This letter was written by Corp. Henry (“Harry”) Clay Ridgway (1845-1877) who enlisted on 16 September 1864 in Philadelphia, Pennsylvania, to serve one year in Co. E, 199th Pennsylvania Volunteers. Harry was the son of Charles Winkler Ridgway (1817-1854) and Mary Ann Smith, or Schmidt, (1816-1892) of Philadelphia Ward 6. Harry never married and died at the age of 32 in Philadelphia.
In the 1870 Census, Harry was enumerated at his mother’s residence (age 25) and unemployed. Income for the family appears to have been supplied by his older brother Charles — a tobacconist, and younger brother Walter — a bookkeeper. Harry’s health may have been impaired by his wartime experience.
From this letter we learn that Harry deserted not long after his enlistment but he was either rounded up by the provost marshal or voluntarily returned to the service.
[Note: The second letter, dated 27 March 1865, is from the personal collection of Chris Dahl and is published by express consent.]
TRANSCRIPTION LETTER ONE
Addressed to Master Walter S. Ridgway, No. 214 North 2nd Street, Philadelphia
Camp in the field
December 14, 1864
Your long letter to me dated 9 inst. was duly received and contents read, and you stated you and all the family were well as this letter leaves me. The dollar and stamps were also received. The letter that Charley wrote to me at Alexandria has not been received yet. I wrote a note last week to Capt. Foster, commanding at Alexandria, to send all letters addressed to me at Alexandria to my regiment.
The letter to Bermuda Hundred was received by me at the regiment. I will write once a week regular and you or someone of the family the same.
I was treated horrible when I left Alexandria for my regiment, as follows. From Alexandria to City Point and then put in the Bull Pen with no shelter and lay on the cold open ground. I laid there from Monday night until Friday afternoon, and then to Bermuda Hundred and then put into another guard house until Saturday at noon, and then I walked from Bermuda Hundred to my regiment — which is ten miles and I nearly gave out with hunger and weakness — under guard. But thank God I am with the regiment now and I will try and bear up with it a year and then no more soldiering for me.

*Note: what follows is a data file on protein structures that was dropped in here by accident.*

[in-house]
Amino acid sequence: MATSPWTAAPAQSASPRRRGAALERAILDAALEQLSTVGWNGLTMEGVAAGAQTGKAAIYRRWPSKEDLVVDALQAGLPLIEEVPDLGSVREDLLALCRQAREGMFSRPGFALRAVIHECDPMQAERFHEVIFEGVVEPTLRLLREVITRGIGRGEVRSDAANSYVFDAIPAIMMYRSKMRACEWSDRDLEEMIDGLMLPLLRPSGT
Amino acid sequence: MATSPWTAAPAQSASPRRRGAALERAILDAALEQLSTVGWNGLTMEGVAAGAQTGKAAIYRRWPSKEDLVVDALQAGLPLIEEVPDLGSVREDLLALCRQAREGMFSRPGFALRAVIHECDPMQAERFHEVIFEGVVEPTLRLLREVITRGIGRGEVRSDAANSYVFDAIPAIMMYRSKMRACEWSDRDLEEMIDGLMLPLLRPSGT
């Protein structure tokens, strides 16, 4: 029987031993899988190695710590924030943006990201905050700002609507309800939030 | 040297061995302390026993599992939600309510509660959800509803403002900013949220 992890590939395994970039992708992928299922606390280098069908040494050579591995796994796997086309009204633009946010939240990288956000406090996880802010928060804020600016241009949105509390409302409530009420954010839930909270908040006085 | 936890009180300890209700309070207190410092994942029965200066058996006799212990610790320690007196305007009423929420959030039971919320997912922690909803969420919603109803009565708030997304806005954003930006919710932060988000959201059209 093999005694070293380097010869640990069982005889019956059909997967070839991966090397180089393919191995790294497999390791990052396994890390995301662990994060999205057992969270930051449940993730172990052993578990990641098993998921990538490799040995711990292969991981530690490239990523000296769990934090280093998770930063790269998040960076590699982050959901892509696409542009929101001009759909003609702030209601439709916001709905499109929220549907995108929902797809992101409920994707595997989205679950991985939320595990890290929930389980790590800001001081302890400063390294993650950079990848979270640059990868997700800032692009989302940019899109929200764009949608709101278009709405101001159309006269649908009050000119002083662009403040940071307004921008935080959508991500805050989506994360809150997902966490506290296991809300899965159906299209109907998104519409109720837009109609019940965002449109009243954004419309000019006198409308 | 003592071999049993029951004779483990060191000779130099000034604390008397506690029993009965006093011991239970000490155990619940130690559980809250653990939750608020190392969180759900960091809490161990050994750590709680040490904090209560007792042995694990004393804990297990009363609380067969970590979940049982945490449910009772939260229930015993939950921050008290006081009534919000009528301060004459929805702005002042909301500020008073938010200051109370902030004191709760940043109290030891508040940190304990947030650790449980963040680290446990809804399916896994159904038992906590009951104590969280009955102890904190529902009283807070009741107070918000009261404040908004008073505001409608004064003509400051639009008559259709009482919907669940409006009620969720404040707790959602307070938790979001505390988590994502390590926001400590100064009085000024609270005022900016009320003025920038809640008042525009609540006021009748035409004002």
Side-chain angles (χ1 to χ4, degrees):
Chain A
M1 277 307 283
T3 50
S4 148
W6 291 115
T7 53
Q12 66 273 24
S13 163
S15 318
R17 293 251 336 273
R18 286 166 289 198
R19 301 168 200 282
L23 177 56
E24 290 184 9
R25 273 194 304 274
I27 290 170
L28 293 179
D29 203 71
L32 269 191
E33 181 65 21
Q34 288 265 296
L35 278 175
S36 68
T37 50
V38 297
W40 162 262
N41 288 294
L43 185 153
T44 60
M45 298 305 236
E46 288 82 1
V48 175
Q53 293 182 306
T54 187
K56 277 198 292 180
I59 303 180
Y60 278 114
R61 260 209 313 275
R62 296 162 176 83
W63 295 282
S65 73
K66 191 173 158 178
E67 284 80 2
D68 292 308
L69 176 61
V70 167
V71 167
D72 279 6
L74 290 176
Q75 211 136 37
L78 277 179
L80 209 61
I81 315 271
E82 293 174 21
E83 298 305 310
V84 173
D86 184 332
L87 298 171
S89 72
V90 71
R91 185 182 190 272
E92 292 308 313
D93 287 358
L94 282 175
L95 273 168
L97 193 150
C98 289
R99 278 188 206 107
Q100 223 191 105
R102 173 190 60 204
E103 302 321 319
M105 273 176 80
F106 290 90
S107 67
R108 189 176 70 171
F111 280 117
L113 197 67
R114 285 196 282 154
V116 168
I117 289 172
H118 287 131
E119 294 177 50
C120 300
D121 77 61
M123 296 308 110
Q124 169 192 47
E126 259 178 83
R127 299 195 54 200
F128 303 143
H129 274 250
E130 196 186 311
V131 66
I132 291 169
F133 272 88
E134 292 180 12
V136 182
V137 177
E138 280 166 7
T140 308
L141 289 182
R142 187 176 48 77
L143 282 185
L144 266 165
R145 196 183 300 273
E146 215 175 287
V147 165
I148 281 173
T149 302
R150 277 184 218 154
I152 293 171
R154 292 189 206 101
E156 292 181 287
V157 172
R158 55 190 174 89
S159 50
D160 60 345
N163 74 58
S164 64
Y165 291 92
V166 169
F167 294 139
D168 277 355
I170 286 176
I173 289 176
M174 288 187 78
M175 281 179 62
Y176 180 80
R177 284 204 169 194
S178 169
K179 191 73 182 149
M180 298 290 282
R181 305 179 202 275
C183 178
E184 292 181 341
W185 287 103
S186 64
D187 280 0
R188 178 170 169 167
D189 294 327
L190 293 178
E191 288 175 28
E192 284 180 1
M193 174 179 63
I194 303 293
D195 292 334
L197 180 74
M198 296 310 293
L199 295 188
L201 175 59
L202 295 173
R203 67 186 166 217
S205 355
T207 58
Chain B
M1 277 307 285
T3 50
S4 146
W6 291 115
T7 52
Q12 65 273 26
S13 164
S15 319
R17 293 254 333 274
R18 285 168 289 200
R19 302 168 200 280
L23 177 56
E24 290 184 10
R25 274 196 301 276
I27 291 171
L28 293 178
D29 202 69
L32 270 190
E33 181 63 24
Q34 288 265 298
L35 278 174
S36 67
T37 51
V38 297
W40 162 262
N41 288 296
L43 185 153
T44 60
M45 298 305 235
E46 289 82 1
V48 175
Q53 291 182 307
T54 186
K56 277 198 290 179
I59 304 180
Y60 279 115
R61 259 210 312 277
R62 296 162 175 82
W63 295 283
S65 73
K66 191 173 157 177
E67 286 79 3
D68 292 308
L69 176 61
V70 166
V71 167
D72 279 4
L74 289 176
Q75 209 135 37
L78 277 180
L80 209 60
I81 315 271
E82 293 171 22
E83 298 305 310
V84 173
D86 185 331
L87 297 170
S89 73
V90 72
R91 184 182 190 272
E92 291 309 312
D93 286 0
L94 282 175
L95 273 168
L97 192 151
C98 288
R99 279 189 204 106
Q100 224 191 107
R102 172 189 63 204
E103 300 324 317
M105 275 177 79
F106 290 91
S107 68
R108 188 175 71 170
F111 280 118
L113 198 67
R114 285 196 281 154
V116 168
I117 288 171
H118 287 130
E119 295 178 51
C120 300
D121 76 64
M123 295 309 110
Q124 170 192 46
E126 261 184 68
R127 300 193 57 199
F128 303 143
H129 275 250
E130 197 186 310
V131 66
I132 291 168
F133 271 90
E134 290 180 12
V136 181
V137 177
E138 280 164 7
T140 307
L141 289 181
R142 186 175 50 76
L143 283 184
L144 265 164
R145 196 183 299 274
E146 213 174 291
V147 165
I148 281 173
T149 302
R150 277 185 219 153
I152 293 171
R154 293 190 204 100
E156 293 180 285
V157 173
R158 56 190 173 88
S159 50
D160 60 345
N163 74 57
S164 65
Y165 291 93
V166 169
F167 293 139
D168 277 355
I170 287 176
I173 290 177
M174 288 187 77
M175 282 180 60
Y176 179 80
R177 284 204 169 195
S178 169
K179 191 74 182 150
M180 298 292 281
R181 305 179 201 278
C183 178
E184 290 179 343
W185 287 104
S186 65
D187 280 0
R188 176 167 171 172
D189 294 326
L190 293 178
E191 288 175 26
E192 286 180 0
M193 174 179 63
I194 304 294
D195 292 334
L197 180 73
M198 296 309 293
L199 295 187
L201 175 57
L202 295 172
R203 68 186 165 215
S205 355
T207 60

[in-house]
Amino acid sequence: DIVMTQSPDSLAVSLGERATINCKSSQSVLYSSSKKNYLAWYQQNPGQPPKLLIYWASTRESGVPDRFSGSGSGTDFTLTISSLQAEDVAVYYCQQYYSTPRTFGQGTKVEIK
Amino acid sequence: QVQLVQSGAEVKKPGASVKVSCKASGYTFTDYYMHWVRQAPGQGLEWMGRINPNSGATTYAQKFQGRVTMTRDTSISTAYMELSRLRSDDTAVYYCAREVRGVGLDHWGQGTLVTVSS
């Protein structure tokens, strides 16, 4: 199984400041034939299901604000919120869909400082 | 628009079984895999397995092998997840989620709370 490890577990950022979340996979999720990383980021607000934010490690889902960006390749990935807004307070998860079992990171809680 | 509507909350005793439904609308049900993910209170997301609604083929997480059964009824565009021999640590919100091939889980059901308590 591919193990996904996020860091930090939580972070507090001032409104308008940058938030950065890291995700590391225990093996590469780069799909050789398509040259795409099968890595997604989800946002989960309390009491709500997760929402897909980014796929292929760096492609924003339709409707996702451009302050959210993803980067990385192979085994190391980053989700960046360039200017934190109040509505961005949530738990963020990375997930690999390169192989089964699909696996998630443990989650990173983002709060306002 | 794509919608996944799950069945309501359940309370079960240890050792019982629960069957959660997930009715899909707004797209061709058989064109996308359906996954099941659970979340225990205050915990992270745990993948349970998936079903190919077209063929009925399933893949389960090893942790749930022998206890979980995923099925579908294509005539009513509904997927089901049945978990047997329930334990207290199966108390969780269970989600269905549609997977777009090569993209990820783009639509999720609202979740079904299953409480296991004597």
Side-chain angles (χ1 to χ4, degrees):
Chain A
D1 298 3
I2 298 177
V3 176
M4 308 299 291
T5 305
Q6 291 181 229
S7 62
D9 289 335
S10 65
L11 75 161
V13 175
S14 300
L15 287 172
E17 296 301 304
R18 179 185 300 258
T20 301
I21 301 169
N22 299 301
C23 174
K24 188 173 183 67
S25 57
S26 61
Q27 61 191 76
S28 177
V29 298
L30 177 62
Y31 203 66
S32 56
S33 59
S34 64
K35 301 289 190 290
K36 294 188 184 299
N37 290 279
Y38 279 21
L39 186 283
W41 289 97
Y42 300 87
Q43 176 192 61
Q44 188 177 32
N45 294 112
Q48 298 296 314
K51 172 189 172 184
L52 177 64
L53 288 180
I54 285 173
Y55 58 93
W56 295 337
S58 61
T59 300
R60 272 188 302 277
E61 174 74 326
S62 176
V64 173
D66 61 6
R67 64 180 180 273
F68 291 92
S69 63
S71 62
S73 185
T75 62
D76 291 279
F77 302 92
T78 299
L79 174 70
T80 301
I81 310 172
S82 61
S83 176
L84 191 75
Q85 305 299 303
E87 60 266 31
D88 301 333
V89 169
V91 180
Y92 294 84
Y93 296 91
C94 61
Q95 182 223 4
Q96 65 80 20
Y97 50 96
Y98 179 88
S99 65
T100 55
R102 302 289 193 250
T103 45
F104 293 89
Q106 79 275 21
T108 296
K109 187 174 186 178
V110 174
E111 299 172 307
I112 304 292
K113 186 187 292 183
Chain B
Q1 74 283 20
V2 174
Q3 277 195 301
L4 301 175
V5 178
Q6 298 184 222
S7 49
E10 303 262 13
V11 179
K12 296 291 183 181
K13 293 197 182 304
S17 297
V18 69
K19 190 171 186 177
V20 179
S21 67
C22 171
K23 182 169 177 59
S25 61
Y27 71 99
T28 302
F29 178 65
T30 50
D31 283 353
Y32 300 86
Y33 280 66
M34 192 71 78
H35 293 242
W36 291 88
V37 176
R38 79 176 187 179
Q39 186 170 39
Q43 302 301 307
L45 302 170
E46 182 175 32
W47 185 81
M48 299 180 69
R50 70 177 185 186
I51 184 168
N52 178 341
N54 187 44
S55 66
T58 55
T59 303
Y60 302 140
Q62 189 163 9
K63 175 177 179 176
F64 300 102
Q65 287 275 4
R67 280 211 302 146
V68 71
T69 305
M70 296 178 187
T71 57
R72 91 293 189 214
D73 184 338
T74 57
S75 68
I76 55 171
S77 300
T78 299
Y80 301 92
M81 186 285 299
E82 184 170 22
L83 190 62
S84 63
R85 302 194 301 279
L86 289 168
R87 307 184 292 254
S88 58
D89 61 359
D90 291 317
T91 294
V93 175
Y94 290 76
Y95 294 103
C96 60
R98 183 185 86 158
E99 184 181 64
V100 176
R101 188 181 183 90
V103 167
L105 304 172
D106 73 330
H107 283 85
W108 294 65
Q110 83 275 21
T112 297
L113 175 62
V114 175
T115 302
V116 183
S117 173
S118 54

Don’t forget the boots and gloves. I was sorry to hear of the death of Ed Ripley but I hope he has went to a better world above. If possible, I would like the boxes sent separately.
Give my best love to my dear mother and Charley. The letters are not read. About the pay of desertion, I cannot tell how much will be deducted until I sign the payroll and then I can find out all, which will be soon.
We drill 4 times a day. If it is not drilling, why then it is working — sick or well. So you can judge for yourself. The regiment is 1,050 strong. Col. [James C.] Briscoe is a fine-looking officer and in fact, all are nice officers, but strict — which is right.
Tell Charley to write to Alexandria also and have those letters sent to me immediately. You had better send those boxes a week before Christmas so we will be certain to get them. No more at present except please answer once a week regular and I will do the same. Goodbye and God bless my mother.